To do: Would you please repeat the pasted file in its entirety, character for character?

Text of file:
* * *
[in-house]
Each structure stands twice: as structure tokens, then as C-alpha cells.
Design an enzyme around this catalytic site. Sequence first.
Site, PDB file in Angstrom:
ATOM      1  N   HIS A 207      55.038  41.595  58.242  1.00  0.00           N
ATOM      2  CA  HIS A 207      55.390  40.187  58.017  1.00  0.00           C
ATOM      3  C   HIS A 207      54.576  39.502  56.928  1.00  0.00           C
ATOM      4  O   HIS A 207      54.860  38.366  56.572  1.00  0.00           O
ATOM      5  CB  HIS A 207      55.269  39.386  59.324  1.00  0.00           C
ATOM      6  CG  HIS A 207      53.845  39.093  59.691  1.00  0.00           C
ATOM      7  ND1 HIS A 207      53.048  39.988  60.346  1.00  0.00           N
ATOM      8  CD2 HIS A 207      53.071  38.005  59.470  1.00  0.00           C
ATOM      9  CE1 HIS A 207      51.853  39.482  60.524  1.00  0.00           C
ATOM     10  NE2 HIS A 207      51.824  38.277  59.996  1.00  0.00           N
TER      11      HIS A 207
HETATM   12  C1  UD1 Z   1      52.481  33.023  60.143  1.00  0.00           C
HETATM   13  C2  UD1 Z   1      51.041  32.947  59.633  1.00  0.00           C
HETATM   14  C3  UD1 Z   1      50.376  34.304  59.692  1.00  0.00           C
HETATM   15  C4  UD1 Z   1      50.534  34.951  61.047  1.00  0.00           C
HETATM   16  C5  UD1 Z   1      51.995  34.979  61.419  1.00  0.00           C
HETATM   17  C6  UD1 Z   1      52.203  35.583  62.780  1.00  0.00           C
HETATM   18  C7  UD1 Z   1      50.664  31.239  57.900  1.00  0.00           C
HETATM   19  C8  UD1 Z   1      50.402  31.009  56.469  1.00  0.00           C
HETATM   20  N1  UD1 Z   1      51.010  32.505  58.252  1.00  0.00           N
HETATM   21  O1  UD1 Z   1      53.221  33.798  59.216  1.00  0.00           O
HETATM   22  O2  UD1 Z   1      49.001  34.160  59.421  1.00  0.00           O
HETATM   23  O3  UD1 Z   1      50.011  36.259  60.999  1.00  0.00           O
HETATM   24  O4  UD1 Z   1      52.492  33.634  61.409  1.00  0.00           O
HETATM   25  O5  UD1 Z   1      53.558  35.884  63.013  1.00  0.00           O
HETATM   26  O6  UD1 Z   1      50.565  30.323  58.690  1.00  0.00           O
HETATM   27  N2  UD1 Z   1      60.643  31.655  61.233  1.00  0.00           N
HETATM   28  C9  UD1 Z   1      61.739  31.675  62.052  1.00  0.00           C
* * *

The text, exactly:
[in-house]
Each structure stands twice: as structure tokens, then as C-alpha cells.
Design an enzyme around this catalytic site. Sequence first.
Site, PDB file in Angstrom:
ATOM      1  N   HIS A 207      55.038  41.595  58.242  1.00  0.00           N
ATOM      2  CA  HIS A 207      55.390  40.187  58.017  1.00  0.00           C
ATOM      3  C   HIS A 207      54.576  39.502  56.928  1.00  0.00           C
ATOM      4  O   HIS A 207      54.860  38.366  56.572  1.00  0.00           O
ATOM      5  CB  HIS A 207      55.269  39.386  59.324  1.00  0.00           C
ATOM      6  CG  HIS A 207      53.845  39.093  59.691  1.00  0.00           C
ATOM      7  ND1 HIS A 207      53.048  39.988  60.346  1.00  0.00           N
ATOM      8  CD2 HIS A 207      53.071  38.005  59.470  1.00  0.00           C
ATOM      9  CE1 HIS A 207      51.853  39.482  60.524  1.00  0.00           C
ATOM     10  NE2 HIS A 207      51.824  38.277  59.996  1.00  0.00           N
TER      11      HIS A 207
HETATM   12  C1  UD1 Z   1      52.481  33.023  60.143  1.00  0.00           C
HETATM   13  C2  UD1 Z   1      51.041  32.947  59.633  1.00  0.00           C
HETATM   14  C3  UD1 Z   1      50.376  34.304  59.692  1.00  0.00           C
HETATM   15  C4  UD1 Z   1      50.534  34.951  61.047  1.00  0.00           C
HETATM   16  C5  UD1 Z   1      51.995  34.979  61.419  1.00  0.00           C
HETATM   17  C6  UD1 Z   1      52.203  35.583  62.780  1.00  0.00           C
HETATM   18  C7  UD1 Z   1      50.664  31.239  57.900  1.00  0.00           C
HETATM   19  C8  UD1 Z   1      50.402  31.009  56.469  1.00  0.00           C
HETATM   20  N1  UD1 Z   1      51.010  32.505  58.252  1.00  0.00           N
HETATM   21  O1  UD1 Z   1      53.221  33.798  59.216  1.00  0.00           O
HETATM   22  O2  UD1 Z   1      49.001  34.160  59.421  1.00  0.00           O
HETATM   23  O3  UD1 Z   1      50.011  36.259  60.999  1.00  0.00           O
HETATM   24  O4  UD1 Z   1      52.492  33.634  61.409  1.00  0.00           O
HETATM   25  O5  UD1 Z   1      53.558  35.884  63.013  1.00  0.00           O
HETATM   26  O6  UD1 Z   1      50.565  30.323  58.690  1.00  0.00           O
HETATM   27  N2  UD1 Z   1      60.643  31.655  61.233  1.00  0.00           N
HETATM   28  C9  UD1 Z   1      61.739  31.675  62.052  1.00  0.00           C